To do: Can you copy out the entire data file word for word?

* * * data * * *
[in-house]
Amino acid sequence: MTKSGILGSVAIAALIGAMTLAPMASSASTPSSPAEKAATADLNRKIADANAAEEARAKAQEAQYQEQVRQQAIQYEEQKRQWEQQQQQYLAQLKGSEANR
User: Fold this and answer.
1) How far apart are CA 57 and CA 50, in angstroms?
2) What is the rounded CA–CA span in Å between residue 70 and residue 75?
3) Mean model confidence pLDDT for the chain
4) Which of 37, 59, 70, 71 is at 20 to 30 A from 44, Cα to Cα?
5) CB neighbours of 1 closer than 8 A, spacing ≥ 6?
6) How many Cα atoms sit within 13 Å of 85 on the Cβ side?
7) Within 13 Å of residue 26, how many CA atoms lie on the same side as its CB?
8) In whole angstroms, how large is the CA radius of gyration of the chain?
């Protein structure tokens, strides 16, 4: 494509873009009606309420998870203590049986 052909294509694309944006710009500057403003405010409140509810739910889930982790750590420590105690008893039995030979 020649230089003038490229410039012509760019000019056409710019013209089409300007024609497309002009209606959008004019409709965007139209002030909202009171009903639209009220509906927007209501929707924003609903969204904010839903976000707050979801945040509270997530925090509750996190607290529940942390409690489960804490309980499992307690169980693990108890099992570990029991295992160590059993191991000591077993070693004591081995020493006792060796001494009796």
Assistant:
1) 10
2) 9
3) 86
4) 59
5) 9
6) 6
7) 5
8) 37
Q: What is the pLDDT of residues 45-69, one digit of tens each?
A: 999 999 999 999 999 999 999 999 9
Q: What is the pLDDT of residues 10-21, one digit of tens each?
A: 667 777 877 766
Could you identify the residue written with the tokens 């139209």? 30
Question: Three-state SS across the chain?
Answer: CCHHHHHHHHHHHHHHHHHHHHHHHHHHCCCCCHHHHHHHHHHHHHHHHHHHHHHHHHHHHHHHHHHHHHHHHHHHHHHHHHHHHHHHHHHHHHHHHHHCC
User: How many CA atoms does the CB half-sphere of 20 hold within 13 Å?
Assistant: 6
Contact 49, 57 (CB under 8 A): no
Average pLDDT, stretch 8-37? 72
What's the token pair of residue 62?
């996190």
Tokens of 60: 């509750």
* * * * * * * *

[in-house]
Amino acid sequence: MTKSGILGSVAIAALIGAMTLAPMASSASTPSSPAEKAATADLNRKIADANAAEEARAKAQEAQYQEQVRQQAIQYEEQKRQWEQQQQQYLAQLKGSEANR
User: Fold this and answer.
1) How far apart are CA 57 and CA 50, in angstroms?
2) What is the rounded CA–CA span in Å between residue 70 and residue 75?
3) Mean model confidence pLDDT for the chain
4) Which of 37, 59, 70, 71 is at 20 to 30 A from 44, Cα to Cα?
5) CB neighbours of 1 closer than 8 A, spacing ≥ 6?
6) How many Cα atoms sit within 13 Å of 85 on the Cβ side?
7) Within 13 Å of residue 26, how many CA atoms lie on the same side as its CB?
8) In whole angstroms, how large is the CA radius of gyration of the chain?
């Protein structure tokens, strides 16, 4: 494509873009009606309420998870203590049986 052909294509694309944006710009500057403003405010409140509810739910889930982790750590420590105690008893039995030979 020649230089003038490229410039012509760019000019056409710019013209089409300007024609497309002009209606959008004019409709965007139209002030909202009171009903639209009220509906927007209501929707924003609903969204904010839903976000707050979801945040509270997530925090509750996190607290529940942390409690489960804490309980499992307690169980693990108890099992570990029991295992160590059993191991000591077993070693004591081995020493006792060796001494009796």
Assistant:
1) 10
2) 9
3) 86
4) 59
5) 9
6) 6
7) 5
8) 37
Q: What is the pLDDT of residues 45-69, one digit of tens each?
A: 999 999 999 999 999 999 999 999 9
Q: What is the pLDDT of residues 10-21, one digit of tens each?
A: 667 777 877 766
Could you identify the residue written with the tokens 């139209």? 30
Question: Three-state SS across the chain?
Answer: CCHHHHHHHHHHHHHHHHHHHHHHHHHHCCCCCHHHHHHHHHHHHHHHHHHHHHHHHHHHHHHHHHHHHHHHHHHHHHHHHHHHHHHHHHHHHHHHHHHCC
User: How many CA atoms does the CB half-sphere of 20 hold within 13 Å?
Assistant: 6
Contact 49, 57 (CB under 8 A): no
Average pLDDT, stretch 8-37? 72
What's the token pair of residue 62?
């996190």
Tokens of 60: 């509750």